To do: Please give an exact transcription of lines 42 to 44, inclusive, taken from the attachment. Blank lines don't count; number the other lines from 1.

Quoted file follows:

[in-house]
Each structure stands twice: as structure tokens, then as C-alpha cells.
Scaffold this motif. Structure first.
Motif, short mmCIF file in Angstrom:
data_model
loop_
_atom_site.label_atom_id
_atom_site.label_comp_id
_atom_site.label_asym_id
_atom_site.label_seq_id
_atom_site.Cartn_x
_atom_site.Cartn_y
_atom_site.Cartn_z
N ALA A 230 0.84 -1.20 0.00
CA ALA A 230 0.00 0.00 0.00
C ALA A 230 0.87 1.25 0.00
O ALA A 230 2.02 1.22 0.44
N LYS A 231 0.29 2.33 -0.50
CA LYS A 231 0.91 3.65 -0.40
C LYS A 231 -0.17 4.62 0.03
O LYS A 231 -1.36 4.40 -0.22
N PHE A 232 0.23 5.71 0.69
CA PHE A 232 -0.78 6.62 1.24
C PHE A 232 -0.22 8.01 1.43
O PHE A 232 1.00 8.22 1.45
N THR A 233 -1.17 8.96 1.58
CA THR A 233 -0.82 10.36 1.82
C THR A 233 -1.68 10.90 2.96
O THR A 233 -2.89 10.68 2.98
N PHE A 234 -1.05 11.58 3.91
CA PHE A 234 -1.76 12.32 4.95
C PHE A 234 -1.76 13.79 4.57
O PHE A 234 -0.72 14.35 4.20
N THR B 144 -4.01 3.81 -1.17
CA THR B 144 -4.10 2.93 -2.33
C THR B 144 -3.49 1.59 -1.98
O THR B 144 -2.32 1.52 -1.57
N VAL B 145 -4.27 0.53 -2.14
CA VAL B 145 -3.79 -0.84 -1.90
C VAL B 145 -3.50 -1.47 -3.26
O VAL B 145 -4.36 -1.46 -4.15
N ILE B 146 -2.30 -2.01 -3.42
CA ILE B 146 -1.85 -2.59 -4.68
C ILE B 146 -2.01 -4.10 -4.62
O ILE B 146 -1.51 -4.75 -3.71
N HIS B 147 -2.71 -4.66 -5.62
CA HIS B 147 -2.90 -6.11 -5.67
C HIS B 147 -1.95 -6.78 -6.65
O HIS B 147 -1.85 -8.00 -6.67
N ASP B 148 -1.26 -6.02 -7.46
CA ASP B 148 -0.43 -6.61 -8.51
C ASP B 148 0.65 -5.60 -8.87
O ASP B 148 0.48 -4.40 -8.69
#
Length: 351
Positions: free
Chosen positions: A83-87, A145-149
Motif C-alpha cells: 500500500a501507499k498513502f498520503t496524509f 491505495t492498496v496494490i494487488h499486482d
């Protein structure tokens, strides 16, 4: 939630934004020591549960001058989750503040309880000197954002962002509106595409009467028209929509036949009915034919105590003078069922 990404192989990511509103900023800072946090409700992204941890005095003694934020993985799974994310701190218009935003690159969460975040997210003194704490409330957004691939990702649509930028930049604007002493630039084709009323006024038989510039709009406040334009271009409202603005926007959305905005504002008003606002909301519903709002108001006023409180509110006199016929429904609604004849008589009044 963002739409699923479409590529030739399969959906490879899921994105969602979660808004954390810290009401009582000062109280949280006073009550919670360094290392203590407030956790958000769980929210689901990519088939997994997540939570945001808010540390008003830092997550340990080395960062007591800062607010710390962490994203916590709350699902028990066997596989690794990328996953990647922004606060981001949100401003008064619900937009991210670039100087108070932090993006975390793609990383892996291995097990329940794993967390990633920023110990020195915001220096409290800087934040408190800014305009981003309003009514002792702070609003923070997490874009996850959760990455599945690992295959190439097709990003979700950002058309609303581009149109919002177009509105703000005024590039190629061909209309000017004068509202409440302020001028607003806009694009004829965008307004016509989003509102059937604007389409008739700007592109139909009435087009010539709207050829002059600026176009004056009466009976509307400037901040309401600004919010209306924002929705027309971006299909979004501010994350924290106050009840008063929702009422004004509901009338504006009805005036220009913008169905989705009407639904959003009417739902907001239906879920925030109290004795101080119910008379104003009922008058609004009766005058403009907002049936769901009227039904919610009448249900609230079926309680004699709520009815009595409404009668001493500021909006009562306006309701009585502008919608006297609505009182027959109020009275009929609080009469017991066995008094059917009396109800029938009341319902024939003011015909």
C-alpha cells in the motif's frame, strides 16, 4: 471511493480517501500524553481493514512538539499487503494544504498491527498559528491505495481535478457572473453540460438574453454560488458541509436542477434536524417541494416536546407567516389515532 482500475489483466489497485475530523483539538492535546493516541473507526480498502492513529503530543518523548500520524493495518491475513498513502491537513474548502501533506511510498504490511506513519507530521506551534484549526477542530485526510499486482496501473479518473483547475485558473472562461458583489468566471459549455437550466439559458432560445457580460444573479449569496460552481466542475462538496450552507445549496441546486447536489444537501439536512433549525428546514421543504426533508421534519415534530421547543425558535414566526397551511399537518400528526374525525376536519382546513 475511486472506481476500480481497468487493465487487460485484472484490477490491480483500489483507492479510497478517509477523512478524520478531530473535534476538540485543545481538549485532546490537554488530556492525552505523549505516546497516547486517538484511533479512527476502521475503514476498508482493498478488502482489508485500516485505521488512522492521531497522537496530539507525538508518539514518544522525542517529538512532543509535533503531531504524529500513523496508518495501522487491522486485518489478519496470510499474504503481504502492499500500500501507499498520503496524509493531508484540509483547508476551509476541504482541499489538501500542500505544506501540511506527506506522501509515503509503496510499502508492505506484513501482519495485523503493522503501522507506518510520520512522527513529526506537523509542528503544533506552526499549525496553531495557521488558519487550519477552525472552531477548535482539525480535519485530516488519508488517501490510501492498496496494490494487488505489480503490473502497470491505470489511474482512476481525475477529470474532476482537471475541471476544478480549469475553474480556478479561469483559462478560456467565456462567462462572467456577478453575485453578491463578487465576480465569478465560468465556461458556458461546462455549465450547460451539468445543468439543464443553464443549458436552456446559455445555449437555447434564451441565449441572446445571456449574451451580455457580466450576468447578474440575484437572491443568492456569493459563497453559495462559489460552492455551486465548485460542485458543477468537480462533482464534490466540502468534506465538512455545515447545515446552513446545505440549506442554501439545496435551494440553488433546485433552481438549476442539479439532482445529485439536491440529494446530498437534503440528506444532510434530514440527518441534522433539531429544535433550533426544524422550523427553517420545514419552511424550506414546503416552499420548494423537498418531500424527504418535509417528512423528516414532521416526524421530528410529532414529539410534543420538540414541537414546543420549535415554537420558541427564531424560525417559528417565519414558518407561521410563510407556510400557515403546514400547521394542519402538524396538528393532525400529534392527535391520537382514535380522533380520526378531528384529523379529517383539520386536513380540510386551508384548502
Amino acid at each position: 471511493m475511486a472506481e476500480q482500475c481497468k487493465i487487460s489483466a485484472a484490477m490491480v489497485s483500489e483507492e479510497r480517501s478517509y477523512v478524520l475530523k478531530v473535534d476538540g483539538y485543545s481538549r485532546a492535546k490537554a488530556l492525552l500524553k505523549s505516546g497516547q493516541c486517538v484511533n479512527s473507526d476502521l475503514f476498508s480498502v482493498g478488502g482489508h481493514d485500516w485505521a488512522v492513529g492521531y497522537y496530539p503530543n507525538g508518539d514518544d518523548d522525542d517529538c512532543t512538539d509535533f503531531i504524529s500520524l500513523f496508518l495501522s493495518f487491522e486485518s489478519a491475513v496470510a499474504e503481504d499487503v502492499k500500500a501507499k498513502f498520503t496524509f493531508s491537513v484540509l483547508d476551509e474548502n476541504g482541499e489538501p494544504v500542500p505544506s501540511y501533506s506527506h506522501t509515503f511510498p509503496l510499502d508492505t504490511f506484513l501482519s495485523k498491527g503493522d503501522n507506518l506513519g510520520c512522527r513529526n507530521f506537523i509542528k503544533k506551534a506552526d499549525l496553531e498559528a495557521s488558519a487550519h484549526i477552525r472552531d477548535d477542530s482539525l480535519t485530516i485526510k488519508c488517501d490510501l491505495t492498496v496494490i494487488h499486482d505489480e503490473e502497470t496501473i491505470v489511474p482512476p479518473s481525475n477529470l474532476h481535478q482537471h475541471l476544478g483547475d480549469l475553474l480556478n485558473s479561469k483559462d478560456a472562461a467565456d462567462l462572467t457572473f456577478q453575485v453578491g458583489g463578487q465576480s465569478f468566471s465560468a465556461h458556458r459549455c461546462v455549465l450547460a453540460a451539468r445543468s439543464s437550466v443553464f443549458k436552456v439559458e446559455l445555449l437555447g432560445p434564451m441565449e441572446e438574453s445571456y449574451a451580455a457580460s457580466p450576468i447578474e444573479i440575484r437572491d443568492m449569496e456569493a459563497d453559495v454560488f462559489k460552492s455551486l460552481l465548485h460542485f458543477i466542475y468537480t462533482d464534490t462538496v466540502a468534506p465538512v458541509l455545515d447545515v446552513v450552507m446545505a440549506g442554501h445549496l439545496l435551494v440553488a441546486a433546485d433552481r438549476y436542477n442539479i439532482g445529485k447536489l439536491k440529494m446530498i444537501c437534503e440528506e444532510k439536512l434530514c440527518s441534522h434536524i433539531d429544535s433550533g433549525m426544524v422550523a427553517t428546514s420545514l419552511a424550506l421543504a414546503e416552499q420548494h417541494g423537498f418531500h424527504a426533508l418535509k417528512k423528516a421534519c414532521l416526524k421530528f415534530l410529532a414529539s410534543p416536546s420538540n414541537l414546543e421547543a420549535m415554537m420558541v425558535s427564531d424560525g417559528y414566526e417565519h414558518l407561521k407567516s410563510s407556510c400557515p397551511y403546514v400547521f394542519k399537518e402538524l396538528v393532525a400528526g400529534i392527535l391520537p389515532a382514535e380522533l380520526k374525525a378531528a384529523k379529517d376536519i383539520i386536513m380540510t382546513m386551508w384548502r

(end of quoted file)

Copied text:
N ILE B 146 -2.30 -2.01 -3.42
CA ILE B 146 -1.85 -2.59 -4.68
C ILE B 146 -2.01 -4.10 -4.62